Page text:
The Talk is not coming back amid the Hollywood strikes, after all.
Elizabeth Wagmeister Chief Correspondent “The Talk” has pushed back its return, following Drew Barrymore’s decision to pause her talk show, amid criticism during the writers strike. “’The Talk’ is pausing its season premiere scheduled for September 18.
Rosie O’Donnell has some “advice” for Drew Barrymore…
Rebecca Rubin Film and Media Reporter Drew Barrymore isn’t bringing back her daytime talk show “The Drew Barrymore Show” until the strike ends, after all. The decision comes a week after the actor was criticized for saying “The Drew Barrymore Show” would premiere on Sept. 18 in compliance with WGA guidelines and without writers.
wrote Barrymore, 48, on Instagram.“I have no words to express my deepest apologies to anyone I have hurt and, of course, to our incredible team who works on the show and has made it what it is today. We really tried to find our way forward.”The “Charlie’s Angels” star released the statement after a week of online backlash and protests outside the CBS Broadcast Center in Midtown.The “50 First Dates” actress added that she truly hopes “for a resolution for the entire industry very soon.” The Post contacted reps for Barrymore and CBS Media Ventures, which produces and distributes the show.
Drew Barrymore says she’s putting the return of her daytime talk show on hold amid backlash until the strikes are over.
Elizabeth Wagmeister Chief Correspondent As Drew Barrymore digs herself into a deeper hole regarding the return of her daytime talk show, lost in the debate is a conversation about the peculiar nature of syndicated TV. One week ago, Barrymore ignited a firestorm when she announced her talk show would be returning amid the WGA and SAG-AFTRA strikes. In the week since, tensions worsened and Barrymore, normally well-liked for her good-natured personality, intensified that criticism when she doubled down with a second, now-deleted, video message.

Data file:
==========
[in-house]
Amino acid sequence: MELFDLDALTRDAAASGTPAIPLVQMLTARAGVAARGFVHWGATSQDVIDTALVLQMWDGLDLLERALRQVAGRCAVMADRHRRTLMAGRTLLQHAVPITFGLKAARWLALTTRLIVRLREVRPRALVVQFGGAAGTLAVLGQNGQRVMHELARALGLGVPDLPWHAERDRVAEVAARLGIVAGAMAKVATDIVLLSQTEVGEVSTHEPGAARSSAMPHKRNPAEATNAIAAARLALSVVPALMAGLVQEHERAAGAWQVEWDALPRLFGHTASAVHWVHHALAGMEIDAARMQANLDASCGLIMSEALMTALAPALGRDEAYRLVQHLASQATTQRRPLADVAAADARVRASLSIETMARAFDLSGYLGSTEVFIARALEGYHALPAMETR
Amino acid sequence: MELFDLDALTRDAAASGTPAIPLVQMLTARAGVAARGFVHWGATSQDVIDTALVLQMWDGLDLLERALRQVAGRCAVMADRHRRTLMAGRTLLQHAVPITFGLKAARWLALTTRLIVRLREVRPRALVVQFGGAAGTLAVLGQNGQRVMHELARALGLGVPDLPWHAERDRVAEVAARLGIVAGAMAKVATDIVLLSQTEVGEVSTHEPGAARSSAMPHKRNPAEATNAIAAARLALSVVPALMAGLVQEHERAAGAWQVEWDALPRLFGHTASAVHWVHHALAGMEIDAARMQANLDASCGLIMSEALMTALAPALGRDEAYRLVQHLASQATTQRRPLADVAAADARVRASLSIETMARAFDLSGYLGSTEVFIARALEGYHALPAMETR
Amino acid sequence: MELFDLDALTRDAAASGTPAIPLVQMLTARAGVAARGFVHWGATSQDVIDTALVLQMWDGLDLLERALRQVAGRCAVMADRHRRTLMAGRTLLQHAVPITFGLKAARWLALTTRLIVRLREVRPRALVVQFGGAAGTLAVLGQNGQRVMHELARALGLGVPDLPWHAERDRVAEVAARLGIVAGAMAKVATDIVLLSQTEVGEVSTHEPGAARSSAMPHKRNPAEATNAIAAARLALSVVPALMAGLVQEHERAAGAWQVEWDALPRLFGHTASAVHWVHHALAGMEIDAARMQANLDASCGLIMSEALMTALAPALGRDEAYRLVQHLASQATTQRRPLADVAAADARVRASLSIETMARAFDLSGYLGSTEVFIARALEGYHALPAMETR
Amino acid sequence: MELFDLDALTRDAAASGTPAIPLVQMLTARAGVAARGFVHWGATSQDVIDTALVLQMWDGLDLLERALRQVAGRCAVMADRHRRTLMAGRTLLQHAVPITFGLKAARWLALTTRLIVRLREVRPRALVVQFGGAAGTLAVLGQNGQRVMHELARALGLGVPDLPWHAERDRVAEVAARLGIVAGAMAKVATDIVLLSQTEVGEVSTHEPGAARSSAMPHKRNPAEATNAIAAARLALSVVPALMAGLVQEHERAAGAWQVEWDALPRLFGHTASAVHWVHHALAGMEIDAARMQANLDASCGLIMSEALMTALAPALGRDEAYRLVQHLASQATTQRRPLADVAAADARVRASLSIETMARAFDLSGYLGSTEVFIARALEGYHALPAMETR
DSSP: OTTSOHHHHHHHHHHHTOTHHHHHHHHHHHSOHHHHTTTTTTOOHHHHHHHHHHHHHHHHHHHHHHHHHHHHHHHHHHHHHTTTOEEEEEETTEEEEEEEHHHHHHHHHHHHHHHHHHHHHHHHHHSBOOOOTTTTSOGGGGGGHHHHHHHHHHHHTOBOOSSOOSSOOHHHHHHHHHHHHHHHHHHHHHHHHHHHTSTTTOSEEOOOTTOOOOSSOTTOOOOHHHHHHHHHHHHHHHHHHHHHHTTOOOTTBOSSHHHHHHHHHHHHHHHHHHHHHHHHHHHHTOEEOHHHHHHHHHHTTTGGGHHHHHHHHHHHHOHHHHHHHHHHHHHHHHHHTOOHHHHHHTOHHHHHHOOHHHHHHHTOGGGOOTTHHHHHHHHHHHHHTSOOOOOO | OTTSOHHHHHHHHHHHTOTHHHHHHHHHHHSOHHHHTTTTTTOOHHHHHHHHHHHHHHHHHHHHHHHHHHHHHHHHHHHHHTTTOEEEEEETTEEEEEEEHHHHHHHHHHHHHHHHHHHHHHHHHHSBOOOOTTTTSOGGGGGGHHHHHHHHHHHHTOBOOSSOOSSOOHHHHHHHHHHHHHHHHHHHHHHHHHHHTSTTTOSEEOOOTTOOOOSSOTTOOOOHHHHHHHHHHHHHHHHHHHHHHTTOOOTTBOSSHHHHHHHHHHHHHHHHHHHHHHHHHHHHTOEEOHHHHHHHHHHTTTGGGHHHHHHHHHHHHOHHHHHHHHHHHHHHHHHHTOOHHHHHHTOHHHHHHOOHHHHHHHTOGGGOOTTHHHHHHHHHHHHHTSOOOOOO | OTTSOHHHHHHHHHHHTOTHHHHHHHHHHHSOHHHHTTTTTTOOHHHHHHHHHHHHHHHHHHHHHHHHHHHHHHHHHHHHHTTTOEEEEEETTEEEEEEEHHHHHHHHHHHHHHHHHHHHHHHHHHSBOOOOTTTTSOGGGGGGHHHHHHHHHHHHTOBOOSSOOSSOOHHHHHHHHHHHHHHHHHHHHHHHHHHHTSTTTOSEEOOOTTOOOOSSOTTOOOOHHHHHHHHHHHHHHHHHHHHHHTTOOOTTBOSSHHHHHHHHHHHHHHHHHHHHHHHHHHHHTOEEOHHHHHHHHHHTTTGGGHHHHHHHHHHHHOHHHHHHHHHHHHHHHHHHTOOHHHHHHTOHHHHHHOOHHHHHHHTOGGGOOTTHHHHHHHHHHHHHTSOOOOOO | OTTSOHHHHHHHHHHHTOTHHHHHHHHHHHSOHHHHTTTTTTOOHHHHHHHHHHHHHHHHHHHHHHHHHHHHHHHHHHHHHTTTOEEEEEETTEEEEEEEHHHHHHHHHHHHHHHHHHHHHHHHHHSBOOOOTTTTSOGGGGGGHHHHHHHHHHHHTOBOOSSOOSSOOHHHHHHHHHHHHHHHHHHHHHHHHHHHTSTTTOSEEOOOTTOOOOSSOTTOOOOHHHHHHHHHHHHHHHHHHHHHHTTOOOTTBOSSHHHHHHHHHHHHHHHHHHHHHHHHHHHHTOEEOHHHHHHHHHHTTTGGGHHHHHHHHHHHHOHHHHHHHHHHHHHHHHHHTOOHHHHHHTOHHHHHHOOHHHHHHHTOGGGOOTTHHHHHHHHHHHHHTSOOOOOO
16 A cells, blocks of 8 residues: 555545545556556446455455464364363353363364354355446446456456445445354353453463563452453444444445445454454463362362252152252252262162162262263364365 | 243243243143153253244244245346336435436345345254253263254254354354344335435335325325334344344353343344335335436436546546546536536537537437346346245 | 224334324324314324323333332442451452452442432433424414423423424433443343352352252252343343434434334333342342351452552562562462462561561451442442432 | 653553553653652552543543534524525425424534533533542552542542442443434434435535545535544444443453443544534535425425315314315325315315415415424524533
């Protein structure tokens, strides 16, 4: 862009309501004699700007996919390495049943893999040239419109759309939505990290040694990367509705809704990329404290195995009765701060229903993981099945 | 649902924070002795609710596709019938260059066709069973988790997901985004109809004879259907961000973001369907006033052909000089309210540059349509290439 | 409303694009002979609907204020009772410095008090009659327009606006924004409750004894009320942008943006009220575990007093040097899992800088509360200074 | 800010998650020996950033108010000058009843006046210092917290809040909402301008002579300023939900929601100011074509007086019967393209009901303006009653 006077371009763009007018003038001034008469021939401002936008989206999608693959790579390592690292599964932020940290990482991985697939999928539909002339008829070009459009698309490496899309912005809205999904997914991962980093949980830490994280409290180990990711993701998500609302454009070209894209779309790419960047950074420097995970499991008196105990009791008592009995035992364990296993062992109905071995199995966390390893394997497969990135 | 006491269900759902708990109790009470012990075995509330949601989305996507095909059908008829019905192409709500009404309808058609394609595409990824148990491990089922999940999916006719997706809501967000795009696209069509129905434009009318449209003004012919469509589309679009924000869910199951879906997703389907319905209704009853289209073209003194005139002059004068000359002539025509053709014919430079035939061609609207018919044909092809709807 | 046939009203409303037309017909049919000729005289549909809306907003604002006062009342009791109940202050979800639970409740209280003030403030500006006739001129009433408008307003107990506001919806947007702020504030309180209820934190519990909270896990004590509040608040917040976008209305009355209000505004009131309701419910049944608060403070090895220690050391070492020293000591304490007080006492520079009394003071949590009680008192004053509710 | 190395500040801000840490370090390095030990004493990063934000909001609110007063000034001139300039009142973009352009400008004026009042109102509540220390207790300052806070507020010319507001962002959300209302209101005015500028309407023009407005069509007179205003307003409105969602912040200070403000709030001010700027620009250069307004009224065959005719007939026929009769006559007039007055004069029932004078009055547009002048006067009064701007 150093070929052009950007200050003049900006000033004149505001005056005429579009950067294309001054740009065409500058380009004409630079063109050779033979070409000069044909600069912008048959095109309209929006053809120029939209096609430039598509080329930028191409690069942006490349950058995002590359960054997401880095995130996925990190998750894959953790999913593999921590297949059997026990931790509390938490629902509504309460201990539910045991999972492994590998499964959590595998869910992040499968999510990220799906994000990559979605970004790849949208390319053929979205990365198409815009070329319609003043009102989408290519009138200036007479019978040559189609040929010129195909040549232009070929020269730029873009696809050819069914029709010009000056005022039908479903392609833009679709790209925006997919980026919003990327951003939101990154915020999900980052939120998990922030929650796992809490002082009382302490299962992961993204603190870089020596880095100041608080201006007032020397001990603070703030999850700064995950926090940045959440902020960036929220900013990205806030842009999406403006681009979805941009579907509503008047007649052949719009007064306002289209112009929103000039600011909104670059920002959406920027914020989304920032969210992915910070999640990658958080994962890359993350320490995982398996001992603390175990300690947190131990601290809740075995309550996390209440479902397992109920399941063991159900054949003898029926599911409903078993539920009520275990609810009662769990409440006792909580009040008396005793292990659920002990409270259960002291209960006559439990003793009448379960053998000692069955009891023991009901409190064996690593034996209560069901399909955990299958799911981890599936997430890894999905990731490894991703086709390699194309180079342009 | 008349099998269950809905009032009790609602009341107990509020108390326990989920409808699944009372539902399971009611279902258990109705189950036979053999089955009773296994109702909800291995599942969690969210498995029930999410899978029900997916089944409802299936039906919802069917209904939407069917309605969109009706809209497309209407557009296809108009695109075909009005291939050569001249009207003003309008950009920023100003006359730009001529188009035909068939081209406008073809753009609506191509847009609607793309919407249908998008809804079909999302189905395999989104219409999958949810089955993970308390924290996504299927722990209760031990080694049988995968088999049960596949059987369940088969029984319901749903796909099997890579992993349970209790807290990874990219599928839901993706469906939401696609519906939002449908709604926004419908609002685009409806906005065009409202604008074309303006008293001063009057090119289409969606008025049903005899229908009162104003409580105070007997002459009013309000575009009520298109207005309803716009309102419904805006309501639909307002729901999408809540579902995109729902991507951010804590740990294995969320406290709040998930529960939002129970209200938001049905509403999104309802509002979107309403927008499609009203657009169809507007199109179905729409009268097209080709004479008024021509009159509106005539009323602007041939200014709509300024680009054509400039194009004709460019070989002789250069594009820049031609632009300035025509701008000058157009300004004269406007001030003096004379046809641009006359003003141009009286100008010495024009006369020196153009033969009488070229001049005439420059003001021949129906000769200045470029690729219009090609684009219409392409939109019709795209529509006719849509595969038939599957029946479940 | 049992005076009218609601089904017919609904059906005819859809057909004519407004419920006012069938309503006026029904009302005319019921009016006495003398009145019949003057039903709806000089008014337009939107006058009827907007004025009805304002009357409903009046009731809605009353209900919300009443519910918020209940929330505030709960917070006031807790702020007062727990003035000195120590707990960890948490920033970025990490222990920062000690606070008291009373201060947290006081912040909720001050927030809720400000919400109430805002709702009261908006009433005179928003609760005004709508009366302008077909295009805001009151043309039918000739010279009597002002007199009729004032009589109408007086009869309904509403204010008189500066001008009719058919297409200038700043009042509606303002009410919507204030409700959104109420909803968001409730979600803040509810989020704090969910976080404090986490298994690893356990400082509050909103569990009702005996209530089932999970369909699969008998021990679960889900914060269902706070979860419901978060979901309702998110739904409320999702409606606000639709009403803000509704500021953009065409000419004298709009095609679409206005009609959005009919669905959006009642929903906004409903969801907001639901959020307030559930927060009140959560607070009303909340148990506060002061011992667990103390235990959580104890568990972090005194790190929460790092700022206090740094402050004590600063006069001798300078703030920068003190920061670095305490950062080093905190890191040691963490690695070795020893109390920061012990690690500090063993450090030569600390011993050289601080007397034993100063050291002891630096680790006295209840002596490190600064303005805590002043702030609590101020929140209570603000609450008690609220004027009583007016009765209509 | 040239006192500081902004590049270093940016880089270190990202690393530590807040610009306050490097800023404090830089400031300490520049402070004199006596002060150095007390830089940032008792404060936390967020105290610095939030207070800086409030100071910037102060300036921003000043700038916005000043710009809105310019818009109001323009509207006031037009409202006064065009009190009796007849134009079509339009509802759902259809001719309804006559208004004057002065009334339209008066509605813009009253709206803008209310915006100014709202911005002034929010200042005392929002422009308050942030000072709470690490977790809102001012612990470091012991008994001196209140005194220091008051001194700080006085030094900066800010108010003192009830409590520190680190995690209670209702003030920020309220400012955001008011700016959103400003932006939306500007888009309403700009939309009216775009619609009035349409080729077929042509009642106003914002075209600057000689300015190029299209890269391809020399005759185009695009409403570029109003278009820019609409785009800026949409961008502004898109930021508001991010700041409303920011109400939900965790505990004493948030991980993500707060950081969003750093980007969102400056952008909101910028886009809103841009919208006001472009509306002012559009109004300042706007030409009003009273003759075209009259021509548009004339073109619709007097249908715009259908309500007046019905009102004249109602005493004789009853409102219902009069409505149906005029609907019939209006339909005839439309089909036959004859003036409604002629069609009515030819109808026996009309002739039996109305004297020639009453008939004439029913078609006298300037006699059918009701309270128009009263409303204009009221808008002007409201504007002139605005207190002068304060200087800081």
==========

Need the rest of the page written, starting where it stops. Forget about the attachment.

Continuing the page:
Drew Barrymore this morning posted an emotional apology to WGA members regarding her decision to return to her daytime talk show amid the ongoing WGA and SAG-AFTRA strikes. A number of high-profile actors, writers and organizations responded, most not happy. Barrymore has since removed the apology from her Instagram page.
Drew Barrymore is speaking out after facing severe backlash for choosing to resume "The Drew Barrymore Show" during the writers and actors strikes. Barrymore took to Instagram Friday to share an apology video in which she "wanted to own a decision so it wasn't a PR-protected decision" and take "full responsibility" for her actions. "I know there's just nothing I can do that will make this OK for those it is not OK with," Barrymore said.
As this seemingly endless Hollywood-hobbling strike hits week 20, Billy Ray seeks input from two veterans of the business – a vet TV exec, Peter Aronson, and a columnist, The Ankler’s Richard Rushfield — on how we got to this point and what needs to happen to get people working again. Among the points covered: how the AMPTP’S decision to chase the Netflix streaming model has had calamitous results, the high price of the signatory’s PR false messaging, and what has to happen in next week’s resumption of talks to get Hollywood back to work. Things are getting desperate — Bill Maher & Drew Barrymore are getting flamed on social media for resuming their shows, sans writers. Their reasoning; after five months without a paycheck waiting for the guilds and studios to make a deal, employees on those shows who are not members of the guilds are starving.